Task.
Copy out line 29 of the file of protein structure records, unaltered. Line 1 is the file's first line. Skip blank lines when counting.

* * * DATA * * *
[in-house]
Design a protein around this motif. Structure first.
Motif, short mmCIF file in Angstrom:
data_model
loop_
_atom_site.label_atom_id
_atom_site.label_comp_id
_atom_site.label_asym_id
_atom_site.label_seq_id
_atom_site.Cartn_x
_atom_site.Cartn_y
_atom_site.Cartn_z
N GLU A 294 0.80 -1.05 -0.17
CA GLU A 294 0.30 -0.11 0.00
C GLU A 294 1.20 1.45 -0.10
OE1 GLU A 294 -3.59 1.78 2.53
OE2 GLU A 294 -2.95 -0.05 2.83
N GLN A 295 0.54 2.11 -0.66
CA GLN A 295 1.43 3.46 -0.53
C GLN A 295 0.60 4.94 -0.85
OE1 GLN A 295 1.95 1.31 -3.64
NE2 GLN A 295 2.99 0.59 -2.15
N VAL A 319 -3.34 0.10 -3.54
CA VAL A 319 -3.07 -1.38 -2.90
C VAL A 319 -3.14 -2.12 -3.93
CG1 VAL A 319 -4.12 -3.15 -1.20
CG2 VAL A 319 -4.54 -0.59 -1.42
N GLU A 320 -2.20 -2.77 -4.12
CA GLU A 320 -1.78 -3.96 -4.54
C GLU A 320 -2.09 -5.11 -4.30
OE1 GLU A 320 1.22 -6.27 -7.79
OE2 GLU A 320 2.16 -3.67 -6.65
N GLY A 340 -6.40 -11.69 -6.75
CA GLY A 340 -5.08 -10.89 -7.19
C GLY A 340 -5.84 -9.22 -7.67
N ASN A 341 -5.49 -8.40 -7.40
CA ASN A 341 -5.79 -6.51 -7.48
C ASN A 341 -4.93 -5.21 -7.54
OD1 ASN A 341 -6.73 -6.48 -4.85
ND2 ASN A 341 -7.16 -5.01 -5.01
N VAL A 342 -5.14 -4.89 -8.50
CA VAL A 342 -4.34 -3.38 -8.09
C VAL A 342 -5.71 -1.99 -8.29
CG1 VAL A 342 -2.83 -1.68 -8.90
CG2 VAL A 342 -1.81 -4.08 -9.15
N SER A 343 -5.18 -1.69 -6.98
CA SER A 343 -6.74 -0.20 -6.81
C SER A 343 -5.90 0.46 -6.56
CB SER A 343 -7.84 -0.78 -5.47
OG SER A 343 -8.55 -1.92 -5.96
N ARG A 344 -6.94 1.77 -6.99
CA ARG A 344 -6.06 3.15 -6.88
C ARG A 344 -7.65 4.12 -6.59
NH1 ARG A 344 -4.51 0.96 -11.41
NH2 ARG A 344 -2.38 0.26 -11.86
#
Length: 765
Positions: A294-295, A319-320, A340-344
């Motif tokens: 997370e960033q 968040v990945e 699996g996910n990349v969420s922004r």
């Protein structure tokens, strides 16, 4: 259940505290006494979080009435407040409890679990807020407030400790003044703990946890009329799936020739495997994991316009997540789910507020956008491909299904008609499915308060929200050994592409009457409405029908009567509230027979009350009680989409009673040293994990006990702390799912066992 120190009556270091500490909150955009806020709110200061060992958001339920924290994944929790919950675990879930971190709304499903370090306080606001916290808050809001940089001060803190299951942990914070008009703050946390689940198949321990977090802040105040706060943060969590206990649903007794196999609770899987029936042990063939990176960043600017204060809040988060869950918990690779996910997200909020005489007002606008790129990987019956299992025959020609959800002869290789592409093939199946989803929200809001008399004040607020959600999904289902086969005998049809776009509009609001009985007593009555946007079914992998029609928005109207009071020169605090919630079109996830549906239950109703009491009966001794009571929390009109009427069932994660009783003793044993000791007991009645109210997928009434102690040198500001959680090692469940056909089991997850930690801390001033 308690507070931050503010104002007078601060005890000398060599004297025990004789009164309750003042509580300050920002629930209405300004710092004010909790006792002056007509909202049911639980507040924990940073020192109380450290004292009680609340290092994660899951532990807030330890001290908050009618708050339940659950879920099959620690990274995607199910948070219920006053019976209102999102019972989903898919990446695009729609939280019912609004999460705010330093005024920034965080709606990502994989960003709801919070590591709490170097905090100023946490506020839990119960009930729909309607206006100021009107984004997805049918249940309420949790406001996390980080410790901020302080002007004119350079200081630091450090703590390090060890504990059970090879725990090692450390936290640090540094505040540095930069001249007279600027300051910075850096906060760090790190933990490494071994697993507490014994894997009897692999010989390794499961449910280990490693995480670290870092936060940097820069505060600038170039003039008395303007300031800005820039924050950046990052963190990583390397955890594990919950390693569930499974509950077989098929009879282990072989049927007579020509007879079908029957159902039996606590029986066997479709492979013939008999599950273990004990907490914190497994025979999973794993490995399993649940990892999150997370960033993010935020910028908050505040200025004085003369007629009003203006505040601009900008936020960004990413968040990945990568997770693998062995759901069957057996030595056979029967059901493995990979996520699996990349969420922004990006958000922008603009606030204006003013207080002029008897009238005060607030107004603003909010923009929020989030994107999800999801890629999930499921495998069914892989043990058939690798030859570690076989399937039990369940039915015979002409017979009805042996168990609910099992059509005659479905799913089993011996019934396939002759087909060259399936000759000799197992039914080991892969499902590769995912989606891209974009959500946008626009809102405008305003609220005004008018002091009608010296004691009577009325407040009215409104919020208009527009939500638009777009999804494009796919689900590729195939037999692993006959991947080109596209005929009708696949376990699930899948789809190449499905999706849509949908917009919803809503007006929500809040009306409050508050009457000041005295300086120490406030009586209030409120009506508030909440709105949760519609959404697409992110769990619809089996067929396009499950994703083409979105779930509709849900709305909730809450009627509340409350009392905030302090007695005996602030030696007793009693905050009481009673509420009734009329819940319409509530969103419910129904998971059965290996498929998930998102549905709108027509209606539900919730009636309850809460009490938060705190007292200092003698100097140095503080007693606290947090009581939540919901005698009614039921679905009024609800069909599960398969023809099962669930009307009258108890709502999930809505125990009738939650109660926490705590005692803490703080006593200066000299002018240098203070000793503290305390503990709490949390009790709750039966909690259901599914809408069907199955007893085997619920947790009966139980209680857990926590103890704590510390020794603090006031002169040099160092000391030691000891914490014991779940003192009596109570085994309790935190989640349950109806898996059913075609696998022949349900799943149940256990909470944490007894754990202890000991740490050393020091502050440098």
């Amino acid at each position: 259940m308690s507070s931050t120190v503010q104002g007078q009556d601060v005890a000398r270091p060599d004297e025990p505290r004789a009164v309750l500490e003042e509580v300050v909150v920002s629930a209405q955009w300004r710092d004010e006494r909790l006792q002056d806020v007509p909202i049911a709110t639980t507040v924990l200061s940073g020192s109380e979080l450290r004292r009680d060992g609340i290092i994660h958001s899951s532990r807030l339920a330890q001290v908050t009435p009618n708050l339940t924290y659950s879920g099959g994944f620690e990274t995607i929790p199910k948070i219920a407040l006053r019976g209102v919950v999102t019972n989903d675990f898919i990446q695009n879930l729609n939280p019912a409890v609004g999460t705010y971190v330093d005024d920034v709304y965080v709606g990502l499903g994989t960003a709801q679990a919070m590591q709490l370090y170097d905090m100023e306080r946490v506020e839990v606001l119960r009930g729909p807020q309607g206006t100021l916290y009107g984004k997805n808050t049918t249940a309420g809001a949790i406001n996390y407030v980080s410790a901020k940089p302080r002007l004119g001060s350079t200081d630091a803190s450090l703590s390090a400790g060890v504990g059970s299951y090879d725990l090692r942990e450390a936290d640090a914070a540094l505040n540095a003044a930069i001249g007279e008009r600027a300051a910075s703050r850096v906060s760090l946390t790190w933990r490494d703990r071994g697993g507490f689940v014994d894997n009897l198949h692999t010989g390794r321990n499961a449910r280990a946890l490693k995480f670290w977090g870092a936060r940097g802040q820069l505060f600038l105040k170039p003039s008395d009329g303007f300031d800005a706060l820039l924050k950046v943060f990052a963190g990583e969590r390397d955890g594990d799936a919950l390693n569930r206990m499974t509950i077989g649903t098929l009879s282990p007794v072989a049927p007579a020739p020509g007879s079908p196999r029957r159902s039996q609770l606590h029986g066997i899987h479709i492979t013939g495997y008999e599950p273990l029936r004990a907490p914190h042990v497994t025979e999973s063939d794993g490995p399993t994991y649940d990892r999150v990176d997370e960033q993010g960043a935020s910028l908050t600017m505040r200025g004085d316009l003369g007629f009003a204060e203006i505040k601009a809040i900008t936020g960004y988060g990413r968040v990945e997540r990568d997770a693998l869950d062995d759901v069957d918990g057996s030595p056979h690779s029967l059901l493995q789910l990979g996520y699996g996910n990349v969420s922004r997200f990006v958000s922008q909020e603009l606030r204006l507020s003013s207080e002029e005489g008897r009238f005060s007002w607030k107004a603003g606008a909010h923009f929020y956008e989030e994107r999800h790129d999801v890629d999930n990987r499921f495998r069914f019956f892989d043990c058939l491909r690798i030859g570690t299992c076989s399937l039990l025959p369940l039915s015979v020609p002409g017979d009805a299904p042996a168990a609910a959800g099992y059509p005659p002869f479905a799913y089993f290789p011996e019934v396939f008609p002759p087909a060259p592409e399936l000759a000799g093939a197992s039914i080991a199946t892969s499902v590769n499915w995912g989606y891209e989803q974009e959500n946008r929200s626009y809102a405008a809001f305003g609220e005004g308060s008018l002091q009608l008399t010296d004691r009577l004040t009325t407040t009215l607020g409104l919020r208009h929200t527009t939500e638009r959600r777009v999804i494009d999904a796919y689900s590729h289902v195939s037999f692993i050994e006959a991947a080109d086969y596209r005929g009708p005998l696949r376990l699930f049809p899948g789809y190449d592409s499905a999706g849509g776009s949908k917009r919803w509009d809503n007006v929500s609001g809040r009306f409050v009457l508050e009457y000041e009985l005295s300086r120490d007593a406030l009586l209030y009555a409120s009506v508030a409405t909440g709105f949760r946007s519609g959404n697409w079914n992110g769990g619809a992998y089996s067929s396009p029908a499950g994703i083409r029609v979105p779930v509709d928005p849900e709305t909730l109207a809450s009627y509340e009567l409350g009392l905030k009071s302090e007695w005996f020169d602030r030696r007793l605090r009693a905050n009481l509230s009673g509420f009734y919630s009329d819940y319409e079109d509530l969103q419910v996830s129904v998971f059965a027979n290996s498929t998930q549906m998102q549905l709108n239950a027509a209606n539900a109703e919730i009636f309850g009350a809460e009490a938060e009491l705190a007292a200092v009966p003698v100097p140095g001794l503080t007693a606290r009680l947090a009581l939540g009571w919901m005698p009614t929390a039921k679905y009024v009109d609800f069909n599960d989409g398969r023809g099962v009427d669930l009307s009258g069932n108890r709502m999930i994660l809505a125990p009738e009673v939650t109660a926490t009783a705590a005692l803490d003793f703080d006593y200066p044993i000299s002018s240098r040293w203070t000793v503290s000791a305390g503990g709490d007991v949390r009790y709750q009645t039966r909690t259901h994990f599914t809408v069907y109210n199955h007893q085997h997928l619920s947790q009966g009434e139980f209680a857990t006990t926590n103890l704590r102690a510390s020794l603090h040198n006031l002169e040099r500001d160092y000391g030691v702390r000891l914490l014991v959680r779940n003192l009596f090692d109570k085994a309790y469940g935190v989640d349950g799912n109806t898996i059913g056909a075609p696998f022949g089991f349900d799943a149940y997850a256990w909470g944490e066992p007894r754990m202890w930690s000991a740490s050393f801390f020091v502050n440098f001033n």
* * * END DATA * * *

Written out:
CA GLU A 320 -1.78 -3.96 -4.54